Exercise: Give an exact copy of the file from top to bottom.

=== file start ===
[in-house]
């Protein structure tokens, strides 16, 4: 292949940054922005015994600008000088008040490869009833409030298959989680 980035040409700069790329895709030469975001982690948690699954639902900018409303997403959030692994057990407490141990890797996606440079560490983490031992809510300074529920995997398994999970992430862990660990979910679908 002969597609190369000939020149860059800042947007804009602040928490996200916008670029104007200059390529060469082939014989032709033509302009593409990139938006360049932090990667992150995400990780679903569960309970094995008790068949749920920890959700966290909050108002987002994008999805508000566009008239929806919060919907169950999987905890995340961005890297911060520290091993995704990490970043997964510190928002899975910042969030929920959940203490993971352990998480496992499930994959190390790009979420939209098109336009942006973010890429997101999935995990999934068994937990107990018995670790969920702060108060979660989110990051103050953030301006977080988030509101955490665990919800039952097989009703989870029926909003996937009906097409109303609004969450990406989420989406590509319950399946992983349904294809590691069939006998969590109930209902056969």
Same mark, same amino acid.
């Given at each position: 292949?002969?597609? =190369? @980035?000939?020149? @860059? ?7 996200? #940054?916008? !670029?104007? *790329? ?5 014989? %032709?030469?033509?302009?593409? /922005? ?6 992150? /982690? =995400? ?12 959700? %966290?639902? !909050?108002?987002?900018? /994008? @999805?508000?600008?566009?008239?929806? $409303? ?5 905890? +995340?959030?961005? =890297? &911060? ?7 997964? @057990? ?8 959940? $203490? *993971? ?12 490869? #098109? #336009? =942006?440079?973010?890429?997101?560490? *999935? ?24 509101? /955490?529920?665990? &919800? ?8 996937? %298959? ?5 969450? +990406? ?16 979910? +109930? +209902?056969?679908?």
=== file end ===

[in-house]
């Protein structure tokens, strides 16, 4: 292949940054922005015994600008000088008040490869009833409030298959989680 980035040409700069790329895709030469975001982690948690699954639902900018409303997403959030692994057990407490141990890797996606440079560490983490031992809510300074529920995997398994999970992430862990660990979910679908 002969597609190369000939020149860059800042947007804009602040928490996200916008670029104007200059390529060469082939014989032709033509302009593409990139938006360049932090990667992150995400990780679903569960309970094995008790068949749920920890959700966290909050108002987002994008999805508000566009008239929806919060919907169950999987905890995340961005890297911060520290091993995704990490970043997964510190928002899975910042969030929920959940203490993971352990998480496992499930994959190390790009979420939209098109336009942006973010890429997101999935995990999934068994937990107990018995670790969920702060108060979660989110990051103050953030301006977080988030509101955490665990919800039952097989009703989870029926909003996937009906097409109303609004969450990406989420989406590509319950399946992983349904294809590691069939006998969590109930209902056969």
Same mark, same amino acid.
């Given at each position: 292949?002969?597609? =190369? @980035?000939?020149? @860059? ?7 996200? #940054?916008? !670029?104007? *790329? ?5 014989? %032709?030469?033509?302009?593409? /922005? ?6 992150? /982690? =995400? ?12 959700? %966290?639902? !909050?108002?987002?900018? /994008? @999805?508000?600008?566009?008239?929806? $409303? ?5 905890? +995340?959030?961005? =890297? &911060? ?7 997964? @057990? ?8 959940? $203490? *993971? ?12 490869? #098109? #336009? =942006?440079?973010?890429?997101?560490? *999935? ?24 509101? /955490?529920?665990? &919800? ?8 996937? %298959? ?5 969450? +990406? ?16 979910? +109930? +209902?056969?679908?």